South Sudan crisis: The wounds of war
Two-year-old Taban screams with pain as a gaping bullet wound in his arm is cleaned and treated by a nurse in South Sudan's capital.
He is just one of the hundreds of patients who have gathered at the small open-air clinic in the grounds of St Theresa's - the Roman Catholic cathedral in Juba.
On Sunday, they sang for peace as a Nigerian cardinal, visiting from the Vatican, held the service and then delivered a letter from the Pope to President Salva Kiir, asking him - and his deputy - for that very same thing.
For three months the two men, whose political differences sparked civil war, have been sitting at the same table, trying to make a transitional government of national unity work.
That dramatically fell apart the night before South Sudan celebrated five years of independence in a barrage of bullets, which the president's spokesman said left 273 dead bodies lying in the street outside State House.
He showed us the bullet holes, the smashed glass, the blood-stained concrete, the empty brass casings, and he blamed someone else.
'Peace deal hangs by a thread'
It was bodyguards for opposition leader-turned first Vice-President Riek Machar and Mr Kiir's presidential guards who fought each other, sparking days of violence earlier this month which killed many hundreds of soldiers and civilians.
Bizarrely, both leaders were inside the building at the time, as were the city's press corps - they videoed themselves cowering as the gunfire erupted around them.
As the shooting stopped, the two men gave a joint press conference appealing for calm.
That the fighting continued for the next few days is either a sign they that do not control their troops, or they care more about settling scores than they do about their people.
The man who went from vice-president to opposition leader and back to vice-president again says it was an attack on him.
Eugene Owusu, Unmiss deputy head
"This represents, in my view, a major reversal for South Sudan - and also undermines prospects for the peace agreement going forward"
Many of Mr Machar's best troops were killed and he fled the capital. It is not known where he is and, as South Sudan's peace deal hangs by a thread, it appears he is back to being an opposition leader again.
Amid talk of rifts within the opposition, the president says the peace deal both men signed still stands, and that Mr Machar can return to the capital and take up his old job.
Mr Machar has called for a neutral force to police the peace in Juba, but the president does not agree.
The African Union has pledged to send troops, but President Kiir says he does not want or need them.
The United Nations has been piling on the pressure. The UN struggled to keep civilians safe in this latest round of fighting and is concerned about where this leaves the peace deal.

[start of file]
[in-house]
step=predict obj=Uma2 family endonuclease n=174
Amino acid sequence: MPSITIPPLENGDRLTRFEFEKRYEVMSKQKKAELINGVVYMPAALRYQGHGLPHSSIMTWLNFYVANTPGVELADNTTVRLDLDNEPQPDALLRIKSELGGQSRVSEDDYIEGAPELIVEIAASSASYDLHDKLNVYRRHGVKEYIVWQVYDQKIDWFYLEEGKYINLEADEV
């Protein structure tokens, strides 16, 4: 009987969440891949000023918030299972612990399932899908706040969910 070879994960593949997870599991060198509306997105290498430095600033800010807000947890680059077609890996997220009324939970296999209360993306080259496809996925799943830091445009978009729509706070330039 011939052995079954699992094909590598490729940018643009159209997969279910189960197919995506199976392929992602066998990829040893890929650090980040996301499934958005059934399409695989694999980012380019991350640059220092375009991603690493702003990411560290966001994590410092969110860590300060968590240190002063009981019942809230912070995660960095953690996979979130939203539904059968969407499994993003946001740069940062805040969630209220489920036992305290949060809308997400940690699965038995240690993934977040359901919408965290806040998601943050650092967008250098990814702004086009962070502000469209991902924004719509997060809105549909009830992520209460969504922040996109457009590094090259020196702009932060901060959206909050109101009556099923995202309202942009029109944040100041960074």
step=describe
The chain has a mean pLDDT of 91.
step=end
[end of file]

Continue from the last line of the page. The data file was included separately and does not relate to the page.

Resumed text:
"This represents, in my view, a major reversal for South Sudan, and also undermines prospects for the peace agreement going forward," said Eugene Owusu, the deputy head of the United Nations Mission in South Sudan (Unmiss).
"I really do hope that with the big guns in Juba being silent, the main protagonists will see the primacy of peace and to ensure that the people of this country can live a life of peace and prosperity and dignity."
When the fighting started, UN peacekeepers were blocked from getting more than 500m from their bases by government checkpoints.
Thousands of people rushed into the already crowded protection of civilian camp known as UN House in Juba.
Its numbers swelled to more than 35,000 as heavy fighting took place nearby.
Water trucks were not able to deliver the 150 loads required every day, and a shell hit an armoured UN vehicle inside the base. Two peacekeepers were killed and others injured.
Close by to UN House, international aid workers were attacked by soldiers - some were raped and badly beaten. The UN was unable to reach them to help.
A World Food Programme warehouse containing enough food for 220,000 people for a month was completely looted - even the fabric of the building was taken.
"I think the mission is very, very constrained in terms of resources," said Mr Owusu.
"So we could absolutely do with additional resources, both in terms of human capabilities and also in terms of assets like helicopters."
More on South Sudan's crisis:
- Juba residents: 'We are counting the dead'
- Five obstacles to peace in South Sudan
- 'We want peace - and ice cream'
And in the meantime the humanitarian crisis is deepening.
Journalists still were not able to visit UN House amid security fears, but aid organisations set up clinics and help-points around Juba.
"Every day, we are seeing 400 people in our mobile clinics - the problems are malaria, malnutrition - we are seeing a lot of severe acute malnutrition," said Dr Farah Hussein from Medecins Sans Frontieres (MSF).
That does not happen in a week - it comes from years of war and a collapsed economy. South Sudan now has the highest inflation rate in the world at 300%.
It was an MSF nurse who was treating Taban, and many other patients in the cathedral grounds.
Bodies are still being collected by the Red Cross around Juba and there are still reports of gunshots.
We will probably never know how many people died the weekend the world's youngest country celebrated its fifth birthday - or of all the terrible things that happened when the guns and rockets were being fired across its capital.
The emphasis is now on the leaders to lead - and to put the people ahead of the politics.
There seems little hope for the unity government with Mr Machar weakened and not in town - though his place could be taken by another.
Either way it is not the road to stability South Sudan appeared to be on before the fighting broke out at State House.